Antimicrobials have played a key role as therapeutics, prophylactic drugs and growth promoters, but increased antibiotics stewardship in the EU means there is a need for alternatives, including pathogen control against NE, colibaccillosis and food-borne pathogens.

Broiler chickens

© Tim Scrivener

Competitive exclusion products – which occupy a physical niche preventing colonisation, produce metabolites that inhibit other species and stimulate immunity – can play a role and seem most effective when linked to closely related organisms, such as between salmonella serovars.

But neither they nor probiotics are really effective when dealing with campylobacter – the most common cause of food-borne bacterial gastroenteritis (more than 500,000 cases a year), with 60-70% of retail chicken still campylobacter positive despite the efforts to reduce it.

Prof Wigley says a more “nuclear” effective option against Campylobacter jejuni might be a faecal or caeca transplant approach, which could reduce pathogen carriage by exclusion, improve immune development or even do both.

In tests, transplant material has been harvested from “clean” eight-week-old broiler chickens, diluted and snap-frozen. Material has then been fed to chicks within four hours of hatch.

Results of five batches of tests have shown that this transplant method can reduce Campylobacter jejuni by cutting shedding rates, as it changes the number and type of bugs in the microbiome of the bird.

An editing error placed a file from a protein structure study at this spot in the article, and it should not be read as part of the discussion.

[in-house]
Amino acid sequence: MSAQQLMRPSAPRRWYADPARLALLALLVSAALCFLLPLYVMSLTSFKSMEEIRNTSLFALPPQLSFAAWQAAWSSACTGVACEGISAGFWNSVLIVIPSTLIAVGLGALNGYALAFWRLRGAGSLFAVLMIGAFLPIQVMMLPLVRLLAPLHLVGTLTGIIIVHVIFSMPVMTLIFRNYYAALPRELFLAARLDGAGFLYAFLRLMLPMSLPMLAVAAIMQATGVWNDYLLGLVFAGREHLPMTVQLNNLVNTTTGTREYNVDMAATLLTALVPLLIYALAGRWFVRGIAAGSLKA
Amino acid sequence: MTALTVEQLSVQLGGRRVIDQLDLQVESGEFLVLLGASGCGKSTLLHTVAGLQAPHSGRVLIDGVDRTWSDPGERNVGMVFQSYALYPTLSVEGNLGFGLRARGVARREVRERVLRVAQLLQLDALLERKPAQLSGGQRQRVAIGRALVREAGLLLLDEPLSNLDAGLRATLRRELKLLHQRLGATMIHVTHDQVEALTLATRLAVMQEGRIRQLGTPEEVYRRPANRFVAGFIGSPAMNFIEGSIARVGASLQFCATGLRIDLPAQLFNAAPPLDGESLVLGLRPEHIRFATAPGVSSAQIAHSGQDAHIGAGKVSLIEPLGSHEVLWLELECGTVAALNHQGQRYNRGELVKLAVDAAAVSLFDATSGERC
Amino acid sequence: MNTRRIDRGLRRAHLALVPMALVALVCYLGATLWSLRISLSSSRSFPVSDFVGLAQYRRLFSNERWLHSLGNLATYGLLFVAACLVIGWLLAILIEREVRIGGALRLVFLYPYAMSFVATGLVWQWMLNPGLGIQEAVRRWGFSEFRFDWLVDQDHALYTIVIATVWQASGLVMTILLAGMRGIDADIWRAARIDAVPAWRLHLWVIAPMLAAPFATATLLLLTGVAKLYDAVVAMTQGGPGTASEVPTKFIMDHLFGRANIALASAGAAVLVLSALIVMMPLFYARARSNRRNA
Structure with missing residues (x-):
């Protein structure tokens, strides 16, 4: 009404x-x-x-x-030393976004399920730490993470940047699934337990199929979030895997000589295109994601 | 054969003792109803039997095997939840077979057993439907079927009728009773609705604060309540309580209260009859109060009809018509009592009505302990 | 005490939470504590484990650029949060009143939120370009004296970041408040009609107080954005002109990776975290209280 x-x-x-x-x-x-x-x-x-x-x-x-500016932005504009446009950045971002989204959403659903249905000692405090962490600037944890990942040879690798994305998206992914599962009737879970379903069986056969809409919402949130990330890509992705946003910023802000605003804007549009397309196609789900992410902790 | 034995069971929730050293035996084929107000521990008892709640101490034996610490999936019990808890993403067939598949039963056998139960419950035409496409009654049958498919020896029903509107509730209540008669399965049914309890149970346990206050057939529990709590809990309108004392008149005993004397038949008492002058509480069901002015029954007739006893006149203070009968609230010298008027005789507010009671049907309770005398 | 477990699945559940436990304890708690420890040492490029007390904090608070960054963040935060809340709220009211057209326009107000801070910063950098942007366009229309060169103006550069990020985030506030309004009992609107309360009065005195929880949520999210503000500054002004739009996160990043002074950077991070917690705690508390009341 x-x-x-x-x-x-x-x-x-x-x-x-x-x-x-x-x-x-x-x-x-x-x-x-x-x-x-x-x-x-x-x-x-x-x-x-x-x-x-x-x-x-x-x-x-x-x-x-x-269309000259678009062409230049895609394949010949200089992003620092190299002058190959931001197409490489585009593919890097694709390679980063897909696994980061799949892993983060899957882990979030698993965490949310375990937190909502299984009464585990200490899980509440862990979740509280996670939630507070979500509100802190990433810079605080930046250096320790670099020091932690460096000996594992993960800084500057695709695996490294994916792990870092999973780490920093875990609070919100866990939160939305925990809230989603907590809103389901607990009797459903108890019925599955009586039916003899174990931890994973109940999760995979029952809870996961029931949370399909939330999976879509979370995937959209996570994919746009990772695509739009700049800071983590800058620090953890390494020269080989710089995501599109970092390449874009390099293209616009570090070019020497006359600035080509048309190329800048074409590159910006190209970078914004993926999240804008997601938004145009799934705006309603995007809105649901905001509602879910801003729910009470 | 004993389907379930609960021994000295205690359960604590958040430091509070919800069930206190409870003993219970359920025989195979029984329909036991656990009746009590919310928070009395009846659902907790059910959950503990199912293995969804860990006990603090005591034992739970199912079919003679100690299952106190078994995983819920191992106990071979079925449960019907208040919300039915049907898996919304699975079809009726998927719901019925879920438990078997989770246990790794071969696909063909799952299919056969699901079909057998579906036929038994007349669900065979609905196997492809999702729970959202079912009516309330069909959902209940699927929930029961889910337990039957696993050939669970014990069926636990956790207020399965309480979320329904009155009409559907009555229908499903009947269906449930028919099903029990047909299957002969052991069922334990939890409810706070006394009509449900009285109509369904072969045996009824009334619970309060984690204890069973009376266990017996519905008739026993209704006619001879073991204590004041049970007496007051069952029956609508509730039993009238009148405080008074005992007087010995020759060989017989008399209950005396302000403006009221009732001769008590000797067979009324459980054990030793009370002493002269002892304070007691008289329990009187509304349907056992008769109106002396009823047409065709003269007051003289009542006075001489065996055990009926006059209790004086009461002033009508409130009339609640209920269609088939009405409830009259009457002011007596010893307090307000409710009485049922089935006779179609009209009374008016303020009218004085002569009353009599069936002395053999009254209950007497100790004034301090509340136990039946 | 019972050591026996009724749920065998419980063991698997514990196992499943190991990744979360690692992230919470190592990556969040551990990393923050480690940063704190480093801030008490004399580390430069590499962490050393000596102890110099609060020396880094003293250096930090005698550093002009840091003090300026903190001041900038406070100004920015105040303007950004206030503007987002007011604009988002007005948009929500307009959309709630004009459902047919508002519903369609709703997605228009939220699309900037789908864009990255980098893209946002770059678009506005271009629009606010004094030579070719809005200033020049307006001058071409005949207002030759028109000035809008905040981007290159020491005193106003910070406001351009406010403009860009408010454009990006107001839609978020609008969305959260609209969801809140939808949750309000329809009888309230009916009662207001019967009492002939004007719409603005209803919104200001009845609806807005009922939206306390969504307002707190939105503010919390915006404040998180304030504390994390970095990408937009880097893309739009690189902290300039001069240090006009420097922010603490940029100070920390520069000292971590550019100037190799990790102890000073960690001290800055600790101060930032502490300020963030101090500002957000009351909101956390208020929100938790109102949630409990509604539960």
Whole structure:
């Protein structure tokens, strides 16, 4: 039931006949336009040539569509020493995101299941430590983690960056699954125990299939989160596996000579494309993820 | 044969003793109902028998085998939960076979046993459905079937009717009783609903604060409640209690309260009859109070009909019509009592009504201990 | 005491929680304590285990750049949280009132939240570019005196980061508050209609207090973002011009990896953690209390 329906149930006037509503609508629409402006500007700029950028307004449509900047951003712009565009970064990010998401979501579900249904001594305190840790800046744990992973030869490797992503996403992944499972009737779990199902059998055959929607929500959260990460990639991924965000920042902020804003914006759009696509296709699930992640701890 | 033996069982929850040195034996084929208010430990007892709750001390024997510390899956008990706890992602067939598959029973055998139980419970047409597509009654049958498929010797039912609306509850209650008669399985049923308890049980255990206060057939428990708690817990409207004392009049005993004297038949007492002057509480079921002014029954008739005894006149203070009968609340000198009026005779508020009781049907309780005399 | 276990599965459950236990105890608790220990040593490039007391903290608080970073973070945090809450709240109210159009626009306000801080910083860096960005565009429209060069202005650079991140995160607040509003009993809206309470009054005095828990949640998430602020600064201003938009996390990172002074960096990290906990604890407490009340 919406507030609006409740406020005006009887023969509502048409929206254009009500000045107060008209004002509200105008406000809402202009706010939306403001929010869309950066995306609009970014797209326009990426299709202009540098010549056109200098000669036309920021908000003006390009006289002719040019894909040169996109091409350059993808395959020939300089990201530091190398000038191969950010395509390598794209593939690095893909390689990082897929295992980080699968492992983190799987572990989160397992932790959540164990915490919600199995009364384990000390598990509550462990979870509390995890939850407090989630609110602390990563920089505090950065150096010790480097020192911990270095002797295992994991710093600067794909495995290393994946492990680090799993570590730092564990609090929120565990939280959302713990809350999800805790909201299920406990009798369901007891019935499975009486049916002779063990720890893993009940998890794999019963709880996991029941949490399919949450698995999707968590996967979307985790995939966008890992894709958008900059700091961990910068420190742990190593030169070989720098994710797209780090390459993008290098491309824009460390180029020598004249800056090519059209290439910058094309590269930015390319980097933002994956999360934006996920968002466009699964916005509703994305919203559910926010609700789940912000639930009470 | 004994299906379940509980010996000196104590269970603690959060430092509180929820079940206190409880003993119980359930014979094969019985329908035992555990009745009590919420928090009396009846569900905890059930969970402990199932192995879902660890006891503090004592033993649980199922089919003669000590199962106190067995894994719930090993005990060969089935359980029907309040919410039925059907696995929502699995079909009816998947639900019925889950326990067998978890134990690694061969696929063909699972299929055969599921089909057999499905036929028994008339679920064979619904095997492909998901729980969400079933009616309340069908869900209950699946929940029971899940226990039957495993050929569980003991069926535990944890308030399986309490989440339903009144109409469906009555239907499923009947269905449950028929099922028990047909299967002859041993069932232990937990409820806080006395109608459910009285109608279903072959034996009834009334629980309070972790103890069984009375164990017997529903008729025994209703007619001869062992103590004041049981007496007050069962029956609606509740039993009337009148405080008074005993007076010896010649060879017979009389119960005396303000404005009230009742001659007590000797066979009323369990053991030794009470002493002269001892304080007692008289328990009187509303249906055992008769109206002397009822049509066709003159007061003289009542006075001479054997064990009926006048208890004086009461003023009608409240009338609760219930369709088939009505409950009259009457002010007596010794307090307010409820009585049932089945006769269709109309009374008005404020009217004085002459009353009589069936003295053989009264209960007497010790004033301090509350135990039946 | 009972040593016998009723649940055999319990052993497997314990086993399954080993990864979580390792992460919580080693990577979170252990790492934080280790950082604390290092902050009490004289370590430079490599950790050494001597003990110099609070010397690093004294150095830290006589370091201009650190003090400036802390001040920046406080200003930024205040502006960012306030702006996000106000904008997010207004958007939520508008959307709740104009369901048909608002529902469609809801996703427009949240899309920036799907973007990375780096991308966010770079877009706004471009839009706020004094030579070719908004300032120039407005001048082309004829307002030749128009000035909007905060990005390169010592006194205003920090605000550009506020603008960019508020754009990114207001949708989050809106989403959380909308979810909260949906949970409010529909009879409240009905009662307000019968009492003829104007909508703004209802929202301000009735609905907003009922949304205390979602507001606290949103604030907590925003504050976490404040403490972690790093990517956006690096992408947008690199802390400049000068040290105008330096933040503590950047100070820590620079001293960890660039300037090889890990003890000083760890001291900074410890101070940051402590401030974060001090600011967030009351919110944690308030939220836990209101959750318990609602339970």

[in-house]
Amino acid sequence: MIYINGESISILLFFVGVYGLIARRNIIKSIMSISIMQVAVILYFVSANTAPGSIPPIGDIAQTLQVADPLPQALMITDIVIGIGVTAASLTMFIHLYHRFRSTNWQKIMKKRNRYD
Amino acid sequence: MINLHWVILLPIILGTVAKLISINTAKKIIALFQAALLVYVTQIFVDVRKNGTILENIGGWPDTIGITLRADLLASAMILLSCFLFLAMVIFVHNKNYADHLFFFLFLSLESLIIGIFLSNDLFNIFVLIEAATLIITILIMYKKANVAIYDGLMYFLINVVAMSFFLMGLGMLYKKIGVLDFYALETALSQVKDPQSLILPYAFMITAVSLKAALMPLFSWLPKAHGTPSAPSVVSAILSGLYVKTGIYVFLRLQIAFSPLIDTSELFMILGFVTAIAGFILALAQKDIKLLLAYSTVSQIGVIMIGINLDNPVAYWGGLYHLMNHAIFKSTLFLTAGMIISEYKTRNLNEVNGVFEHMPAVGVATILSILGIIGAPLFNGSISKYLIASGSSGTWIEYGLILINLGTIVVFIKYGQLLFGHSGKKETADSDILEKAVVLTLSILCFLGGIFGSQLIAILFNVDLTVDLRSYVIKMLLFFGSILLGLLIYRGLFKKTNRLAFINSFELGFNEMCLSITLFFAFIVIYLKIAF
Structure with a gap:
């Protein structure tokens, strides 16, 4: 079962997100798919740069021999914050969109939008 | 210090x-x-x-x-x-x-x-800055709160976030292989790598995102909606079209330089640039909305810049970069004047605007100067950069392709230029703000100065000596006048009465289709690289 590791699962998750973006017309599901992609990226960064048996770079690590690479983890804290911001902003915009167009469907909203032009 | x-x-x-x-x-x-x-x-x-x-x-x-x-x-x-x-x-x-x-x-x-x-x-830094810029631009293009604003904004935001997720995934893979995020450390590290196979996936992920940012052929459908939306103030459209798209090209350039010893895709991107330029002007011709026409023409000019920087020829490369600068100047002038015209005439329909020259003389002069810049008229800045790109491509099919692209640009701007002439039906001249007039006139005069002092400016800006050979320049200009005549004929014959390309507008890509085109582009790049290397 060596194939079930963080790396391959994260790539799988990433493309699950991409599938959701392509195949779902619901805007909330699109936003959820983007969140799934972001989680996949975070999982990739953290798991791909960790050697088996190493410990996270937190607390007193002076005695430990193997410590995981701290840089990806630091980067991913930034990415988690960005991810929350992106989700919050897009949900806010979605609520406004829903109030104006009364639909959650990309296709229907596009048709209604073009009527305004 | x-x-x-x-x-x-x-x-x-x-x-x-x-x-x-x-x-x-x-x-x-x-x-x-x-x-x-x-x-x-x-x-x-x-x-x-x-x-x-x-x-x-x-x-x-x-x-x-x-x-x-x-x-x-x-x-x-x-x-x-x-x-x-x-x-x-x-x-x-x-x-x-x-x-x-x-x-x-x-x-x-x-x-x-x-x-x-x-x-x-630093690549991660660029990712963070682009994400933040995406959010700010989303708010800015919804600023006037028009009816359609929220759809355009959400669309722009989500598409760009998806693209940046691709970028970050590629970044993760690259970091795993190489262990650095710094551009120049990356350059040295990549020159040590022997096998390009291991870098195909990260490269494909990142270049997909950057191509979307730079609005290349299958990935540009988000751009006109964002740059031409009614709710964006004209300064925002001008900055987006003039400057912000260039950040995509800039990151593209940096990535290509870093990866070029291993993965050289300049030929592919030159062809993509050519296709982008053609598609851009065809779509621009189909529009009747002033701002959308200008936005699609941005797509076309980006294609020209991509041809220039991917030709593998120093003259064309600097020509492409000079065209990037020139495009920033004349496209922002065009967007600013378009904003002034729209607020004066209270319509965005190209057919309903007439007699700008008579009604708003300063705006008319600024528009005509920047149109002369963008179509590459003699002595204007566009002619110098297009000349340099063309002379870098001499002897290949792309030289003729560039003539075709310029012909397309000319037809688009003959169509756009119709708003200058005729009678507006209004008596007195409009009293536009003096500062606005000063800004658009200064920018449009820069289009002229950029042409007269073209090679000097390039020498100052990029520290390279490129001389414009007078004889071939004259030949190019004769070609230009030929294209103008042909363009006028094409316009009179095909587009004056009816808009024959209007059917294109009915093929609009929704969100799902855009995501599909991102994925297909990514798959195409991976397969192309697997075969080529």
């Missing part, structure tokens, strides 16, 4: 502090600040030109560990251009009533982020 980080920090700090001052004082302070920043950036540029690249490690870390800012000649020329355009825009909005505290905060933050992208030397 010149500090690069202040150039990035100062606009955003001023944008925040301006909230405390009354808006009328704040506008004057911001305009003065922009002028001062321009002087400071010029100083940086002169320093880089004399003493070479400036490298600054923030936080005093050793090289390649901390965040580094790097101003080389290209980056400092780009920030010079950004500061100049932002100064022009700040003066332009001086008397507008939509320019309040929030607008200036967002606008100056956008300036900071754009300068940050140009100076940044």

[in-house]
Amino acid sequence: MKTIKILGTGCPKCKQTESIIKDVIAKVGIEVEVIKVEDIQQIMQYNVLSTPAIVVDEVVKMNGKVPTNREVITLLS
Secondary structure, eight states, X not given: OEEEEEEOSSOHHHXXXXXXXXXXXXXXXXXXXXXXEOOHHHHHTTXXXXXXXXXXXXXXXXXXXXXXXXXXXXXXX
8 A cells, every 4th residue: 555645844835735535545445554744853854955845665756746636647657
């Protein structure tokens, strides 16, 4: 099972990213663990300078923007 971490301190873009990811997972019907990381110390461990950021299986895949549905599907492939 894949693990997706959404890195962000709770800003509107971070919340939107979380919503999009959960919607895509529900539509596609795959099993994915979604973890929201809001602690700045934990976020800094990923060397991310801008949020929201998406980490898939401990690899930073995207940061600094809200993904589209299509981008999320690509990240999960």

Facts about poultry microbiomes

  • Made up of about 500 bacterial taxa
  • A big range of protobacteria and archaebacterial species
  • Hugely variable
  • Differs between intestinal compartments – caecum and ilium very different
  • Ceaca have the greatest numbers (c10CFU/g).
  • Excess amounts of gamma-proteobacteria (enterobacteriacae) can be associated with poor gut health
  • Can be modulated to improve health and/or productivity.

The effect of going antibiotics free

More than half of US broilers were raised without antibiotics last year and the trend, particularly in developed nations, is for an ongoing decline in use in the years ahead.

Antibiotic growth promoters (AGPs) have been associated with increases in certain bacterial families in the gut, such as lachmospiraceae, genera (including faecalibacterium) or species (some lactobacilli). But perhaps the most consistent effects seem to be enhanced epithelial structure and function, aiding nutrient digestibility.